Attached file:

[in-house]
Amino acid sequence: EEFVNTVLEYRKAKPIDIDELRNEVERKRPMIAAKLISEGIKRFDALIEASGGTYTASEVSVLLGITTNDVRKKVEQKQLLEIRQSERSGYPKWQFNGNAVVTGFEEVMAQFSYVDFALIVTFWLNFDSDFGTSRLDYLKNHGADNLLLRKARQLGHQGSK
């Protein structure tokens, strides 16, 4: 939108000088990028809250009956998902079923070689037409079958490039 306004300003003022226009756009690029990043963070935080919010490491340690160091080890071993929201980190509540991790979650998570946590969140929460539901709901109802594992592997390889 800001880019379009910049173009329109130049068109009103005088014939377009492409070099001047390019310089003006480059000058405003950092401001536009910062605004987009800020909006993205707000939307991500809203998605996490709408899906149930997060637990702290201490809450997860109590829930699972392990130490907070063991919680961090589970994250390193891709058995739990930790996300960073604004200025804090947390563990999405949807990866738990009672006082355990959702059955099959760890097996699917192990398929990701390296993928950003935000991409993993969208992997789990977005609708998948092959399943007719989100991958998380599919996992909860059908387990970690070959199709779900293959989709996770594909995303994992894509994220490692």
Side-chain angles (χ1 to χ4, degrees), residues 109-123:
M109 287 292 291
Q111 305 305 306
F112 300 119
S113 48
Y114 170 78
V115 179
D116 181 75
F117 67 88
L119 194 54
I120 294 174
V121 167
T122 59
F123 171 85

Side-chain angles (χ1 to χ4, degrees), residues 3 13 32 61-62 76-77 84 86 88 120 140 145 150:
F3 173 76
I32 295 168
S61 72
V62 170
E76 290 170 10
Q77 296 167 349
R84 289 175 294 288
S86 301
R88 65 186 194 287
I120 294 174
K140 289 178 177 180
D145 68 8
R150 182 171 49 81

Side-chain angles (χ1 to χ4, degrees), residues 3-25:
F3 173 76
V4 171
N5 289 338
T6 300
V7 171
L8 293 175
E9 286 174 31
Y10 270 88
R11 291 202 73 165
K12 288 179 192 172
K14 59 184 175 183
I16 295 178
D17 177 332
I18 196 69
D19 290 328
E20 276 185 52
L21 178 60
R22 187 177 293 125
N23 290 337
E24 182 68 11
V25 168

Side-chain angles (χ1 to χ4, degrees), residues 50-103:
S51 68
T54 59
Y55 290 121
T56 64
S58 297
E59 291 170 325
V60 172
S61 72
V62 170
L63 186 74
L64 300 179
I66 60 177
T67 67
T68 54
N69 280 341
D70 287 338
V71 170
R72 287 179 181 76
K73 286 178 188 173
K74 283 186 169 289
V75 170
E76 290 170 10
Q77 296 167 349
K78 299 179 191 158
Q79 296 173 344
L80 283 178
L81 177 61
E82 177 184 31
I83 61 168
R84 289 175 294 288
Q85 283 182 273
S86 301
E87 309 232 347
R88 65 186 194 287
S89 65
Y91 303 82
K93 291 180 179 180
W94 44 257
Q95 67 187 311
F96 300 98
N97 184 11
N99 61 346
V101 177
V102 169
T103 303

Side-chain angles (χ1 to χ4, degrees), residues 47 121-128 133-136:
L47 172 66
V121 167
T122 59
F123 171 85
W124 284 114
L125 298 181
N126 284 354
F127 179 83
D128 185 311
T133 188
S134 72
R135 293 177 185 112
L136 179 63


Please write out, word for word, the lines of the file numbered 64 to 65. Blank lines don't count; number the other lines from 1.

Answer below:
L63 186 74
L64 300 179